The tally of unsold homes on the market increased in June, a signal that real estate prices may face additional downward pressure in the coming months.
The inventory of unsold existing homes rose to just under 4 million in June, a nearly 5 percent increase from a year earlier, the National Association of Realtors said Thursday. The nearly 3 percent increase from May helped push the months supply of unsold homes at the current sales pace—a key inventory yardstick—to 8.9 from 8.3. Although that's down from 9.4 a year earlier, it's well above the six month supply typically associated with a balanced housing market.
[Slide Show: 10 Cities for Real Estate Steals.]
Inventories grew as sales slipped 5 percent from the previous month, but remained 10 percent above year-earlier levels. But although the decline was less precipitous than economists had feared, it occurred even with the help of a key government stimulus.
The Obama administration offered tax credits worth up to $8,000 to qualified home buyers who signed a sales contract by April 30 and closed their transaction by the end of June. But as the real estate industry struggled to manage the surge in demand, the deadline to complete purchases was extended to September 30. Since existing home sales are counted at closing, June's figures reflect the tax credit's boost.
The tax credit's impact on the housing market should taper off before it expires at the end of September. Economists, however, expect sales to fall sharply before then. "The question is how much further will [home sales] drop before the payback period ends?" Patrick Newport, a U.S. economist for IHS Global Insight, said in a report. "The 30% plunge in May's Pending Home Sales Index; the recent drop in the MBA's Purchases Index to a 14 year low; and the fact that first-time home buyers accounted for 43% of all sales in June, and are likely to account for a much smaller fraction in July and August implies that a big drop in sales lies up ahead." Newport says home sales in July could fall 19 percent or more from June's levels.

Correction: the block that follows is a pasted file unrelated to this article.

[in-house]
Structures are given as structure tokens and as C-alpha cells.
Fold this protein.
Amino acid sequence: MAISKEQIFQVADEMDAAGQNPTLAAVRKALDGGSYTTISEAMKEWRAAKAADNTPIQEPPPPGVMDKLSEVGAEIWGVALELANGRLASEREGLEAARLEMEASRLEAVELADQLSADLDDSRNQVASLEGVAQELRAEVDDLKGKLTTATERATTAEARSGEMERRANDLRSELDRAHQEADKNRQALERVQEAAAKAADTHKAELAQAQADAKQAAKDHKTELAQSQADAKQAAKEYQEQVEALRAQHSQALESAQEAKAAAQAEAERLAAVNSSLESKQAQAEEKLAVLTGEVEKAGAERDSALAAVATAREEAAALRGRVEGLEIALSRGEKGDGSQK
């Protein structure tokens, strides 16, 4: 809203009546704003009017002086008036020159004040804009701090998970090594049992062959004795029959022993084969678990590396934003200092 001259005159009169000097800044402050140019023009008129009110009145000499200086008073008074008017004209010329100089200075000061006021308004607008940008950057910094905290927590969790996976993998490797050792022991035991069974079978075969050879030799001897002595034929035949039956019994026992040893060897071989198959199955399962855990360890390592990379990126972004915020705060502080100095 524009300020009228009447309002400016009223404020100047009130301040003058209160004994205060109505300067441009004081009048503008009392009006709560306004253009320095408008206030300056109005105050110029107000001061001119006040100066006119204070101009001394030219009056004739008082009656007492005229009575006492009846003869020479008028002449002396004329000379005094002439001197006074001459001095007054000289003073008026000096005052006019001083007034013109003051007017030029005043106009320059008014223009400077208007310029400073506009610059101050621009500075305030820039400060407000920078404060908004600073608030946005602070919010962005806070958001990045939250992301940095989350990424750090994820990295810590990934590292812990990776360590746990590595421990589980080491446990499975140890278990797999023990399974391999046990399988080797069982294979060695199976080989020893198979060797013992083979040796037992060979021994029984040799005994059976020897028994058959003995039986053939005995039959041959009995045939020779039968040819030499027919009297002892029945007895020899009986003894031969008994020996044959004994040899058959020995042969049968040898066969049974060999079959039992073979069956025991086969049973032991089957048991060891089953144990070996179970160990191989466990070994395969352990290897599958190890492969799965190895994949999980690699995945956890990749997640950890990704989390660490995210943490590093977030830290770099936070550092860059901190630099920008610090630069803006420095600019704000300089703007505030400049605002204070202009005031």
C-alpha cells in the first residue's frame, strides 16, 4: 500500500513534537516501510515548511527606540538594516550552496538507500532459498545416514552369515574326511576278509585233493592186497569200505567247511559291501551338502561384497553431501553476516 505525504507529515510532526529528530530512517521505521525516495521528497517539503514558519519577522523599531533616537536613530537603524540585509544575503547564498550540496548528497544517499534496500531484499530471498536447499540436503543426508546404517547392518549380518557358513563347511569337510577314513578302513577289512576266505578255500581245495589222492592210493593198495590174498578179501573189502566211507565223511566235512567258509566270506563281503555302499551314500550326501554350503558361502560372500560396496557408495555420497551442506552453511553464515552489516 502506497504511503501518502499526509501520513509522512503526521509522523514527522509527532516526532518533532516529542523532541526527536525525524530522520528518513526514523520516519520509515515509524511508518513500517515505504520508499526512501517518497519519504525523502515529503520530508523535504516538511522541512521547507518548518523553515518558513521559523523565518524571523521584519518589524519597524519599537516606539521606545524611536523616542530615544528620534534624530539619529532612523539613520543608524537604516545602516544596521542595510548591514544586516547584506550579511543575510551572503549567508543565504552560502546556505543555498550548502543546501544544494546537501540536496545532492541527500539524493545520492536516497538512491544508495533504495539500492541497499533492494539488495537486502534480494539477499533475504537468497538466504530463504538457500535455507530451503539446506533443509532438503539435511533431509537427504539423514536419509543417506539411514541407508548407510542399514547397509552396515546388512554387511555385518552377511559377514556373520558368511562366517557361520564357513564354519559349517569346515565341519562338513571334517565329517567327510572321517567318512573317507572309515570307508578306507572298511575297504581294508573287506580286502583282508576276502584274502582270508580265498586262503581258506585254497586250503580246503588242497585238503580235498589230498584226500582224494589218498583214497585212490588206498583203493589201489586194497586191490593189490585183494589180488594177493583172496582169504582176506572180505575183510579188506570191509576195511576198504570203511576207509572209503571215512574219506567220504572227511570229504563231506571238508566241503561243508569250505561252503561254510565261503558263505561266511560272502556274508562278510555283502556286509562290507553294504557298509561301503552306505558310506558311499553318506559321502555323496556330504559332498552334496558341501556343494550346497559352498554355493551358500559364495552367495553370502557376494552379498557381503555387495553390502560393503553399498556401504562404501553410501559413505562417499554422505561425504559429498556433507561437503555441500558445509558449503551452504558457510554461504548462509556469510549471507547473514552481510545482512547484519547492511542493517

[Check out Dirt-Cheap Mortgage Rates: Here for How Long?]
The rise in inventory and decline in sales didn't undercut home prices. The median existing home price in June increased 5 percent, to $183,700, from May and 1 percent from June of 2009. But economists expect prices to trend lower in the near future. "Pricing tends to lag other indicators when conditions head south," Mike Larson of Weiss Research said in a report. "Another bout of home price deterioration appears likely, though it'll be much more gradual than what we've seen to date."
Brad Hunter, chief economist at Metrostudy, expects home prices—as measured by the S&P/Case-Shiller Home Price Indices—to dip below their previous lows reached in the Spring of 2009 before hitting bottom in late 2011. "Sellers—especially builders selling new homes—are telling buyers, 'If you are worried about the $8,000 tax credit going away, we will discount [the home] by $8,000 more,' just to get the deal done," he says. Lower real estate prices, however, should work to increase the volume of transactions later this year, he says. And that, in turn, will help to mop up the glut of unsold homes.